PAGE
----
“The end of nature” can be taken in two ways. If we take the phrase to be talking about, for example, what we would see if we just let nature run its course, as though it was unfolding for us on a video screen, then we see a story of sheer vanity. There may be many other generations after this one, but irrespective of how long the affair goes on, the time is coming when the sun either goes dim, or it can no longer hold down its own weight; and the earth either glows and gets burnt up like a cinder or goes as cold as ash. There won’t remain any tale of man- not even one told by an idiot. Nature does not have the power to save the memory of anything from oblivion: Homer’s Iliad, the memory of the battle of Thermopylae, Chartes Cathedral, Euclid’s Elements, The music of Palestrina… all of these things will vanish into the same faceless oblivion which billions have already vanished into, and which promises to claim each of us on any of the few thousand days that are coming. Taken in this sense, “the end of nature” means an event of total vanity.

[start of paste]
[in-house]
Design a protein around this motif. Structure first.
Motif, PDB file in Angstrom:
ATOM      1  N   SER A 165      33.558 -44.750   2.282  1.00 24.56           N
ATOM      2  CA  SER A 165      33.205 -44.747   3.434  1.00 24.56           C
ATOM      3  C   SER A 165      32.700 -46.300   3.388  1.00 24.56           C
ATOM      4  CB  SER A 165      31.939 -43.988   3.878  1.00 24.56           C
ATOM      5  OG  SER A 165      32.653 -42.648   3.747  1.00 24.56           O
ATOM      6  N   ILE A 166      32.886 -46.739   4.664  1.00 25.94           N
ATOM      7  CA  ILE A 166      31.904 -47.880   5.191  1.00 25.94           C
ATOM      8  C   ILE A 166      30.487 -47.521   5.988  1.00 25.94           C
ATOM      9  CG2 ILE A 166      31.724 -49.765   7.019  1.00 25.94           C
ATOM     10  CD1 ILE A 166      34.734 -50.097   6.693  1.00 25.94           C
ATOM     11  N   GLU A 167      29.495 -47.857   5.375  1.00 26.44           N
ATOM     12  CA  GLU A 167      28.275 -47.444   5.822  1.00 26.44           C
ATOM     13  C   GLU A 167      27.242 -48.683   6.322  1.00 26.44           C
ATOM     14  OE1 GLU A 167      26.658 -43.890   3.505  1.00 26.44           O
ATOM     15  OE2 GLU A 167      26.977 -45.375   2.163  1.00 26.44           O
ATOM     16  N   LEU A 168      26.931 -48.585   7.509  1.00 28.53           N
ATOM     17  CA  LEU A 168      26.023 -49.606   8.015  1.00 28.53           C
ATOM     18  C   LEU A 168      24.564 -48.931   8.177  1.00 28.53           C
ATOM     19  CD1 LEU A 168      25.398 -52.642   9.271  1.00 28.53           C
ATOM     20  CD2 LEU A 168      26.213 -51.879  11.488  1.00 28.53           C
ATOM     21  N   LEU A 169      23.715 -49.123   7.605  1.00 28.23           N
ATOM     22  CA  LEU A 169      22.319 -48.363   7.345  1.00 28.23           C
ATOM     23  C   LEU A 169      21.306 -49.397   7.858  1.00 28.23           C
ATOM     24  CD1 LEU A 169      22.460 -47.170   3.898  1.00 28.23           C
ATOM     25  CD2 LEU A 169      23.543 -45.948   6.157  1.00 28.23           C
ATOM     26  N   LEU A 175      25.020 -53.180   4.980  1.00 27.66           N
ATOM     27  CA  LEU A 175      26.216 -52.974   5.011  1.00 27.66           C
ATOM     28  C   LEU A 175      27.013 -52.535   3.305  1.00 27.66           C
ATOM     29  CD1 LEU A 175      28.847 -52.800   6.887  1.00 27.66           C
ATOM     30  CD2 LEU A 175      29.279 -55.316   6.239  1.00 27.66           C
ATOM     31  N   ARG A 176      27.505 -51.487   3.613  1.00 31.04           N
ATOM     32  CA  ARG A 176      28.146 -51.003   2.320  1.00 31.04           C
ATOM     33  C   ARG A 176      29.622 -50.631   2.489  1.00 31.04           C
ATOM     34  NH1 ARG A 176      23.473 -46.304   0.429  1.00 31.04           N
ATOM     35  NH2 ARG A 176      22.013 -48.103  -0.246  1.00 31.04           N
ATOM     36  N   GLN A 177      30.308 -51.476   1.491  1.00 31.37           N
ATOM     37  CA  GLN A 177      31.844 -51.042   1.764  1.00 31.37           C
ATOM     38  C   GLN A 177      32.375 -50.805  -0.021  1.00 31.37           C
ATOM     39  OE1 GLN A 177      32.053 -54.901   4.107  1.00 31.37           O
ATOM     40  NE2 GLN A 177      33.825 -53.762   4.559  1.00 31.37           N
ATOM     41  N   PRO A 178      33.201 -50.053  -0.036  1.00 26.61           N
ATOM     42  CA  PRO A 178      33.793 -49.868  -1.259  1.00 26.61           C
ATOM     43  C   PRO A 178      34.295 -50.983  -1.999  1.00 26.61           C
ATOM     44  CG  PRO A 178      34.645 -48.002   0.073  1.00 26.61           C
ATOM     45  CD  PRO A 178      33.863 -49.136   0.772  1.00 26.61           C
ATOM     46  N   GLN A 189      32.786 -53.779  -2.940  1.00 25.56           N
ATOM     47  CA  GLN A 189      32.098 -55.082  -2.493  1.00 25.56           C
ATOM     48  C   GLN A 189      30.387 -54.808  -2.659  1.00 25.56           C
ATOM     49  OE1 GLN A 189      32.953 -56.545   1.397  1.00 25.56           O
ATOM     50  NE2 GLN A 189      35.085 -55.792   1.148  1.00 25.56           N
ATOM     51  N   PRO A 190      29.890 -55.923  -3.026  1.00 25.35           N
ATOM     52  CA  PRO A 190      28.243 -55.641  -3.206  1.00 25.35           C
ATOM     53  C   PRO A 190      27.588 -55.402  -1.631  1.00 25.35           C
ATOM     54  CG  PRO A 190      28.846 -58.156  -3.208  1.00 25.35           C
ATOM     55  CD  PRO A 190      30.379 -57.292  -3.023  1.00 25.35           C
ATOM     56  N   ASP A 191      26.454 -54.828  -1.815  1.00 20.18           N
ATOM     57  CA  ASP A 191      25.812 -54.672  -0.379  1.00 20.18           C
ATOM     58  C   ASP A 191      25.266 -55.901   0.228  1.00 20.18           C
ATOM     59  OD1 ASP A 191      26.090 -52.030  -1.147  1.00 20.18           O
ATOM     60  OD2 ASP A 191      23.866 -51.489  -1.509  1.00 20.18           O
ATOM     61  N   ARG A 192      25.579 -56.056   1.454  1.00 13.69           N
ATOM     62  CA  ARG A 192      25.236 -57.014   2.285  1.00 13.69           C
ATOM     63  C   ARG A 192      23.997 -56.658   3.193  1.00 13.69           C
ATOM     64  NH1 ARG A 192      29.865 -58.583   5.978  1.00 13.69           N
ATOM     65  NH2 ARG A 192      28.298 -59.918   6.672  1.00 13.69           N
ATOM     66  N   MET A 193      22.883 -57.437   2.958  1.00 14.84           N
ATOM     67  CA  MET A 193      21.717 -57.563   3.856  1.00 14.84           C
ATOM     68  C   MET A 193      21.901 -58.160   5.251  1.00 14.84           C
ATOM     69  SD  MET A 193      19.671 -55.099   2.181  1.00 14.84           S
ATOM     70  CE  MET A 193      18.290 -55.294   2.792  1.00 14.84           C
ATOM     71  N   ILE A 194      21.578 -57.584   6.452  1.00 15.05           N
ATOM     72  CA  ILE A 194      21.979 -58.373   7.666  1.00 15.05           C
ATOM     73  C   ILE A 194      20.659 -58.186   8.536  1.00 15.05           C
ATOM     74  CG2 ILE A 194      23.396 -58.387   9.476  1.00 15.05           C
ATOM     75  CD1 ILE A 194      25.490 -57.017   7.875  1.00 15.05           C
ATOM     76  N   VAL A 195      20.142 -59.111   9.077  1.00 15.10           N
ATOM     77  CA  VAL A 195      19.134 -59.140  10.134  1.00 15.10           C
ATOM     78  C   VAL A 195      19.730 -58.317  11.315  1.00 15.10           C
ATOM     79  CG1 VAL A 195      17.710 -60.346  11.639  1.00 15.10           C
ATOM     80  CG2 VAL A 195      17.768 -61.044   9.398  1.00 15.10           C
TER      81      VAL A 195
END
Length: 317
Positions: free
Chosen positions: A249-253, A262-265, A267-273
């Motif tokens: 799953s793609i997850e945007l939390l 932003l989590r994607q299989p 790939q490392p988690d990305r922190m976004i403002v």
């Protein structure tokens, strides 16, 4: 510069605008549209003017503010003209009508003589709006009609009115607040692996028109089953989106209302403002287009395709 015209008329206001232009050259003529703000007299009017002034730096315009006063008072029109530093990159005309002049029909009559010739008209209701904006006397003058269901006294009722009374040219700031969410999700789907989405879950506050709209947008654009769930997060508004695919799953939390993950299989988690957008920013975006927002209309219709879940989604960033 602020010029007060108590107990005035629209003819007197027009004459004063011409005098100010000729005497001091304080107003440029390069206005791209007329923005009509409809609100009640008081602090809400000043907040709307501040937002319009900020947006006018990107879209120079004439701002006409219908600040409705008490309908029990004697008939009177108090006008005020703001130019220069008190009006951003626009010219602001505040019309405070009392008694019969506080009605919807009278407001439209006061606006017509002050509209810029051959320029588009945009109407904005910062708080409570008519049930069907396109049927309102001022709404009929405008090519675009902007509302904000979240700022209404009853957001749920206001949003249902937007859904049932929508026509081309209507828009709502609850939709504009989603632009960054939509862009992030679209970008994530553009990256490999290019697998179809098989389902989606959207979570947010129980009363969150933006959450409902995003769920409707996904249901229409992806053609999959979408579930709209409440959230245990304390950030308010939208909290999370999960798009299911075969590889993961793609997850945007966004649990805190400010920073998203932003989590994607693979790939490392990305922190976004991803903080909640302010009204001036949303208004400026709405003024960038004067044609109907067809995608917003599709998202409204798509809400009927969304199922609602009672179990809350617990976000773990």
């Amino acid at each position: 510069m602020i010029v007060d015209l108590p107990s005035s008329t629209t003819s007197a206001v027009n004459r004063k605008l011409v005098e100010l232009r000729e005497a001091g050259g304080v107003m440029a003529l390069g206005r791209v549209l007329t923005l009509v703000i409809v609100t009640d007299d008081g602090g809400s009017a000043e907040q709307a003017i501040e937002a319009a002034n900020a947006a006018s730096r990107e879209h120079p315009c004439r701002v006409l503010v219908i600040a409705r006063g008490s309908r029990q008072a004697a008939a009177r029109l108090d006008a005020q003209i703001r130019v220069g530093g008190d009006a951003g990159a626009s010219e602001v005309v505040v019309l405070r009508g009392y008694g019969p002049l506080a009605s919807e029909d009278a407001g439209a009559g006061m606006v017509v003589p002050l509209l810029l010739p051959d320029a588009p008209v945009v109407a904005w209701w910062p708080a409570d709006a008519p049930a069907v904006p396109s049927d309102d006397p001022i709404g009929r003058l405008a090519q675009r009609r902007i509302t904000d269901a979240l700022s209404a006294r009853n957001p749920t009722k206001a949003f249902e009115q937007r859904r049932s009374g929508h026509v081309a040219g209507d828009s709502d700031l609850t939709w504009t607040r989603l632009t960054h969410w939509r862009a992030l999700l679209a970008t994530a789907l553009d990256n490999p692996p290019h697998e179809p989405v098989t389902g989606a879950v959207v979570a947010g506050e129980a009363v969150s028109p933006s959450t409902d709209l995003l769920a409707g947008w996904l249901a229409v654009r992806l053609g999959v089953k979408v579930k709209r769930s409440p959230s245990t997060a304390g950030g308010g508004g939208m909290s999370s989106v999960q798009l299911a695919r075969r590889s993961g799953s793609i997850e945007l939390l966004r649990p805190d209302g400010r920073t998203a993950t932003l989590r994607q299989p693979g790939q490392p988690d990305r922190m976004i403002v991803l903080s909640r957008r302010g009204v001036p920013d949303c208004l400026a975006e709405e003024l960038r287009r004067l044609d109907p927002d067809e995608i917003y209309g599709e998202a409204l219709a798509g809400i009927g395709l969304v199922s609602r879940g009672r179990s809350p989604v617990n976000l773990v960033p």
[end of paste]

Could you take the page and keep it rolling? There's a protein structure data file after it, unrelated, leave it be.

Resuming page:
I described the account just given as one “unfolding on a video screen”. It is nature as it presents itself to us according to mere sensation- wordless and just seen. Looking at nature with the aid of mind tells a different story, and the truer story. Mere sensation is as different from sensation and mind as seeing a persons face is from knowing their character; or as different as saying a word and knowing its definition. As Aquinas points out, intelligence is capable of “reading the interiors (inter/ legere)” and according to mind seeing the interior of what is sensed, we can tell that nature is being moved, being caused, being held in its contingent existence, being caused by some supereminent agent and end, and being ordered and determined by mind. When nature is taken according to sense and mind, “the end of nature” means an end which is outside of nature, and to which nature is both tending and testifying. Taken in this sense “the end of nature” reveals an extrinsic and unifying purpose of nature, which makes it blasphemous to claim that nature is totally without purpose.